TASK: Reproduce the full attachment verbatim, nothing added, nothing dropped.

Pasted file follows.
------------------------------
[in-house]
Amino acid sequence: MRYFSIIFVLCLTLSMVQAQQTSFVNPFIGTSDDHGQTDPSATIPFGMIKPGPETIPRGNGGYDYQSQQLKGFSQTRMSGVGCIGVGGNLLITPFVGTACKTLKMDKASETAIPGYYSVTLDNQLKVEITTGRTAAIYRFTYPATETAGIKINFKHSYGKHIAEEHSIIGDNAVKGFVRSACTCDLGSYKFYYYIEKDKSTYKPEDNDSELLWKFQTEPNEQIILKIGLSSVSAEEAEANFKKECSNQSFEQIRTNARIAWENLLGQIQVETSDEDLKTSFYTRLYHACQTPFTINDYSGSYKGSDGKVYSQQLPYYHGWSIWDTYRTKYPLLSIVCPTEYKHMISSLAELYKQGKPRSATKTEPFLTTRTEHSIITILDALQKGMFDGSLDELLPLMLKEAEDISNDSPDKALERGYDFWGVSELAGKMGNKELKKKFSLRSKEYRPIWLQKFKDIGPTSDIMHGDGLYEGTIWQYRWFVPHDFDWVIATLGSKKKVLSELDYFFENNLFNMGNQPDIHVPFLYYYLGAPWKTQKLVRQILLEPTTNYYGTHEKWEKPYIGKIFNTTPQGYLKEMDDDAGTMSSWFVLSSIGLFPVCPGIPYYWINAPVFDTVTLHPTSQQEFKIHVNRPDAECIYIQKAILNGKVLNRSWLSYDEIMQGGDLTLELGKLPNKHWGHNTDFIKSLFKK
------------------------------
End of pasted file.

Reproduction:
[in-house]
Amino acid sequence: MRYFSIIFVLCLTLSMVQAQQTSFVNPFIGTSDDHGQTDPSATIPFGMIKPGPETIPRGNGGYDYQSQQLKGFSQTRMSGVGCIGVGGNLLITPFVGTACKTLKMDKASETAIPGYYSVTLDNQLKVEITTGRTAAIYRFTYPATETAGIKINFKHSYGKHIAEEHSIIGDNAVKGFVRSACTCDLGSYKFYYYIEKDKSTYKPEDNDSELLWKFQTEPNEQIILKIGLSSVSAEEAEANFKKECSNQSFEQIRTNARIAWENLLGQIQVETSDEDLKTSFYTRLYHACQTPFTINDYSGSYKGSDGKVYSQQLPYYHGWSIWDTYRTKYPLLSIVCPTEYKHMISSLAELYKQGKPRSATKTEPFLTTRTEHSIITILDALQKGMFDGSLDELLPLMLKEAEDISNDSPDKALERGYDFWGVSELAGKMGNKELKKKFSLRSKEYRPIWLQKFKDIGPTSDIMHGDGLYEGTIWQYRWFVPHDFDWVIATLGSKKKVLSELDYFFENNLFNMGNQPDIHVPFLYYYLGAPWKTQKLVRQILLEPTTNYYGTHEKWEKPYIGKIFNTTPQGYLKEMDDDAGTMSSWFVLSSIGLFPVCPGIPYYWINAPVFDTVTLHPTSQQEFKIHVNRPDAECIYIQKAILNGKVLNRSWLSYDEIMQGGDLTLELGKLPNKHWGHNTDFIKSLFKK